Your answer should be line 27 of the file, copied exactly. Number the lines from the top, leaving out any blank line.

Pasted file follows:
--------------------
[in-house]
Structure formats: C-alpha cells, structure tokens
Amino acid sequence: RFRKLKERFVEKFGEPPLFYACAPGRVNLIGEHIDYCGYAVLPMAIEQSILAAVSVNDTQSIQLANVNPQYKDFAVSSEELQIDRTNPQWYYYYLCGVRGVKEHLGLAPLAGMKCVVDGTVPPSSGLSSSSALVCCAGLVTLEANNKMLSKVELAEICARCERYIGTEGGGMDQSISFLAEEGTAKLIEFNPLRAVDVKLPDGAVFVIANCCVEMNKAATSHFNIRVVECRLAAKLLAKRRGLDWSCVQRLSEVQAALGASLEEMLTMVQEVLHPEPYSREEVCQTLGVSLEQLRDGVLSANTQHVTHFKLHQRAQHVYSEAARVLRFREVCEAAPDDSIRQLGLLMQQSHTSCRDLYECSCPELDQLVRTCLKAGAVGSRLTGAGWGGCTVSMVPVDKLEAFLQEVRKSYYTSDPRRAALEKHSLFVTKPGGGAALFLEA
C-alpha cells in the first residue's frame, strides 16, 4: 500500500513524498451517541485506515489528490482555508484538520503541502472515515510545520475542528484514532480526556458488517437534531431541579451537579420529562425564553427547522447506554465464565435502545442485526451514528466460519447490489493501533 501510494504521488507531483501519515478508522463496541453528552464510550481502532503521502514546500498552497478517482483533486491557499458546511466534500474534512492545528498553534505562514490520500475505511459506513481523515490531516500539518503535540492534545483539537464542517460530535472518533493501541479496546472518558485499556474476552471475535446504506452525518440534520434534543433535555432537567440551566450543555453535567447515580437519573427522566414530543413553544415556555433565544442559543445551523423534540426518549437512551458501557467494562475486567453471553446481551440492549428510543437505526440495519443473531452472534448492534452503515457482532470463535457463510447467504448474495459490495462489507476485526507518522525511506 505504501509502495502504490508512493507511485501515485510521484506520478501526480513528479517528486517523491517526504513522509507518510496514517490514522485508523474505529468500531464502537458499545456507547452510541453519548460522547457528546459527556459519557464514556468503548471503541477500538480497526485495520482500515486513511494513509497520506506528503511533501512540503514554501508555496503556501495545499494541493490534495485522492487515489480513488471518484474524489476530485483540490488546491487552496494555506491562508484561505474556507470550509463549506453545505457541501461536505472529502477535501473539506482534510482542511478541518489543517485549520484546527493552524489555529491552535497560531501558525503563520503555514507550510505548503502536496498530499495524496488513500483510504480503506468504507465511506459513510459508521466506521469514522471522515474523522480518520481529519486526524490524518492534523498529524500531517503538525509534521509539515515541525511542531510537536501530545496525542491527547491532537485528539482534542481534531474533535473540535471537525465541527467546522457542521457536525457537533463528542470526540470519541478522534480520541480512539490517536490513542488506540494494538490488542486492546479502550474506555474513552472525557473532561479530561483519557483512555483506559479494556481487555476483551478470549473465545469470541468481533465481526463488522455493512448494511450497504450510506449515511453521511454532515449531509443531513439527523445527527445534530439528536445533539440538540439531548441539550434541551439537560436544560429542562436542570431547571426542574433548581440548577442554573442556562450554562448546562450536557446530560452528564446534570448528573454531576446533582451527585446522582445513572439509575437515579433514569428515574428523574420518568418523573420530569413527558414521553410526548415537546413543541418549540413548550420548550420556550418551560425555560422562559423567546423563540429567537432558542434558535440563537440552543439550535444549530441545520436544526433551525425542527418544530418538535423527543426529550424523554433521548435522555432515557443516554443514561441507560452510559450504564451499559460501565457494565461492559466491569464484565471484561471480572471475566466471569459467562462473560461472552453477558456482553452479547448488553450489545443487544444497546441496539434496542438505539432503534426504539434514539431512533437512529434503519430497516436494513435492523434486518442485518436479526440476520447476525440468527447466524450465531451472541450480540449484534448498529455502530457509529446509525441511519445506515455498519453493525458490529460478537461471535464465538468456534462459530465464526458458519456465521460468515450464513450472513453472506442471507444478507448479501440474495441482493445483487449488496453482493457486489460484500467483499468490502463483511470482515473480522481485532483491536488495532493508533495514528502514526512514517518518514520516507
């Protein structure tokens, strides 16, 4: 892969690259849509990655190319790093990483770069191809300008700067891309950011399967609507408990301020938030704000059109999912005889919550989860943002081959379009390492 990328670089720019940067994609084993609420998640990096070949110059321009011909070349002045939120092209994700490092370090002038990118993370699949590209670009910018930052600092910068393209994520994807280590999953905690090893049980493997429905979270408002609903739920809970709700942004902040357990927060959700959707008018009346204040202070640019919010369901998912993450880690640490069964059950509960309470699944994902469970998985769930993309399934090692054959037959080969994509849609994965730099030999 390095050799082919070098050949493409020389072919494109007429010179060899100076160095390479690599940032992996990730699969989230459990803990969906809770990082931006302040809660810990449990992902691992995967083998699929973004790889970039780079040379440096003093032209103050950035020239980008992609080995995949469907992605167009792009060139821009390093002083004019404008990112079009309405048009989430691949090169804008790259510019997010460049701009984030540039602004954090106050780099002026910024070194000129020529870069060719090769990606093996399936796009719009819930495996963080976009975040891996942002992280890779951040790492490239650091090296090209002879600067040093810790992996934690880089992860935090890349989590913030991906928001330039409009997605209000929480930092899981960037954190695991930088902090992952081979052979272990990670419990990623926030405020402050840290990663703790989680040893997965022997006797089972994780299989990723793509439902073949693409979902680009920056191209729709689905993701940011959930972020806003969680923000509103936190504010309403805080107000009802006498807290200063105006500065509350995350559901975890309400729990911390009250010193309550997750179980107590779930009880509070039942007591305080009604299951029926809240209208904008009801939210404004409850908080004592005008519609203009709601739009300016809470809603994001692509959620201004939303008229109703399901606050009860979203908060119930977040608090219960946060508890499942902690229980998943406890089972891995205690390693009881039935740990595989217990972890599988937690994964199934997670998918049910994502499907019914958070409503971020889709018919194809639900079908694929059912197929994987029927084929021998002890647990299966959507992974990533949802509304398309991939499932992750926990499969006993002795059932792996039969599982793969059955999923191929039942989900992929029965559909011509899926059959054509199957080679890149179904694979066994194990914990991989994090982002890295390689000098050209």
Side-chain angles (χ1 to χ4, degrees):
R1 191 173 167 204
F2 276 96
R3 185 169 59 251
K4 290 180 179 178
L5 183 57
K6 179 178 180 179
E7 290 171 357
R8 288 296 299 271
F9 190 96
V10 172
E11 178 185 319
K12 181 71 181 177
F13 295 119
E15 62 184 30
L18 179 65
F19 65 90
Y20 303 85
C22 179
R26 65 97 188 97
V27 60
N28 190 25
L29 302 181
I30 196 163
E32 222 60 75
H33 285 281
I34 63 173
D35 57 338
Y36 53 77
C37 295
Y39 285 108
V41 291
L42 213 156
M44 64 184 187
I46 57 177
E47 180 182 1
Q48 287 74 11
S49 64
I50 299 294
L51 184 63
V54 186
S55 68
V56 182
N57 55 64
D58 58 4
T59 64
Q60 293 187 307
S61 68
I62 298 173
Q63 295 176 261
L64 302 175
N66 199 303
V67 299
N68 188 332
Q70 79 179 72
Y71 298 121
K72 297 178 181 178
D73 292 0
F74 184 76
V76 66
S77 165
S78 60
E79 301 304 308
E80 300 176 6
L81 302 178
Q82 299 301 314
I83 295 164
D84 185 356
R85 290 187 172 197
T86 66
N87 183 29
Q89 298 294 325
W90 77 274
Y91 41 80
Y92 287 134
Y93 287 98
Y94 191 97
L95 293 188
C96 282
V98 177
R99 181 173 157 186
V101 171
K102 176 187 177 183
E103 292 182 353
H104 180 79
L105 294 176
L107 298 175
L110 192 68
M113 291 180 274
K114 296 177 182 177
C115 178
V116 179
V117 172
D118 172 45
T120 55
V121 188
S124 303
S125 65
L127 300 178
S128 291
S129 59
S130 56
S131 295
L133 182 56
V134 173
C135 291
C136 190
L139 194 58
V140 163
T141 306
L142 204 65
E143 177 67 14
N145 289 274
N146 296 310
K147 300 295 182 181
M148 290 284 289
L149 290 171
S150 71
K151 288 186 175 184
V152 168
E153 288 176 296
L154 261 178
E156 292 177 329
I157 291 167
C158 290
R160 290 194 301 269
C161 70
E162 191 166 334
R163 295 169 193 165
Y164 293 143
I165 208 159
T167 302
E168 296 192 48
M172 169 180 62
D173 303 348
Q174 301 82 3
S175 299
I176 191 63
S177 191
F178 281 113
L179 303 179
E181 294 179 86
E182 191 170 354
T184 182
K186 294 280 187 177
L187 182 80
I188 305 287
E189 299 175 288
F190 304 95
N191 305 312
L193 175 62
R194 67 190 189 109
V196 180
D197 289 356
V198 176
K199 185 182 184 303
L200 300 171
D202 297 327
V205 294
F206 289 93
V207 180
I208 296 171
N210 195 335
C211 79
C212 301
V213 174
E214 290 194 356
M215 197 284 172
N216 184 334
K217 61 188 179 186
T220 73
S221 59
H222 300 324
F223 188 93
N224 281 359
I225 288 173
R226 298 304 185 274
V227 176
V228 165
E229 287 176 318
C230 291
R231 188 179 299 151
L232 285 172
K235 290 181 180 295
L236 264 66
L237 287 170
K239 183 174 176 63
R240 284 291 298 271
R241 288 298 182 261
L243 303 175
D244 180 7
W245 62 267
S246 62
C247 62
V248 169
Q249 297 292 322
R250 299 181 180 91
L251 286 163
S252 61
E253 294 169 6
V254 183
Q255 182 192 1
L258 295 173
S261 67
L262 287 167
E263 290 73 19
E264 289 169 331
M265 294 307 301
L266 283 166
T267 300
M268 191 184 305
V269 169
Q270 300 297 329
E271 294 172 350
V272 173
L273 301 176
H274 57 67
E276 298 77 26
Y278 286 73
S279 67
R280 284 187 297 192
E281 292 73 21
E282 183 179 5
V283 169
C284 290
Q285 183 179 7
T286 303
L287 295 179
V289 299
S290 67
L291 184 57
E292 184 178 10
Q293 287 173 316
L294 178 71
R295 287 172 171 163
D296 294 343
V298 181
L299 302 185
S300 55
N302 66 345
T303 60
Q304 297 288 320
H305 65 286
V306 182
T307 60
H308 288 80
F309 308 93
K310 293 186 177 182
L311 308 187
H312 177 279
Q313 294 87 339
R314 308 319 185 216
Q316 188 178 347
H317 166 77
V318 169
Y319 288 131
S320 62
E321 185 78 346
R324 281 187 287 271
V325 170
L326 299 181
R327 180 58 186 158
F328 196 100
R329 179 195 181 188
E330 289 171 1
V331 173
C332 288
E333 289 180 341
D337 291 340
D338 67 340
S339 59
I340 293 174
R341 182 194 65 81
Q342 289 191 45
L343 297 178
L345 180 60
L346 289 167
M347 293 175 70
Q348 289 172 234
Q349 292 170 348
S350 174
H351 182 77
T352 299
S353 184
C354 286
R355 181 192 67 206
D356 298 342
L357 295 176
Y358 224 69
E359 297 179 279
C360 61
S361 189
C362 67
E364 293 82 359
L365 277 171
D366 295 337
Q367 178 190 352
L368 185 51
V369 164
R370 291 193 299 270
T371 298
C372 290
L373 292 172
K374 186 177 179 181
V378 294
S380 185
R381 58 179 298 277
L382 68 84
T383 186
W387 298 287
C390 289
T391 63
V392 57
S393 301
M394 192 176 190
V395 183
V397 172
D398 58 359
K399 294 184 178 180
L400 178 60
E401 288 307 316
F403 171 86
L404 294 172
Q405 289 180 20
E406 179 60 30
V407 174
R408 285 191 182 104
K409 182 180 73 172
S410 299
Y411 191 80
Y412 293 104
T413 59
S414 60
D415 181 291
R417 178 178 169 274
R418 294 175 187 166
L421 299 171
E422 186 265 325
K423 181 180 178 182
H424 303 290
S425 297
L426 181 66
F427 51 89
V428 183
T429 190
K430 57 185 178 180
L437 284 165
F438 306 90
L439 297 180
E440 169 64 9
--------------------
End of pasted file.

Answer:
N28 190 25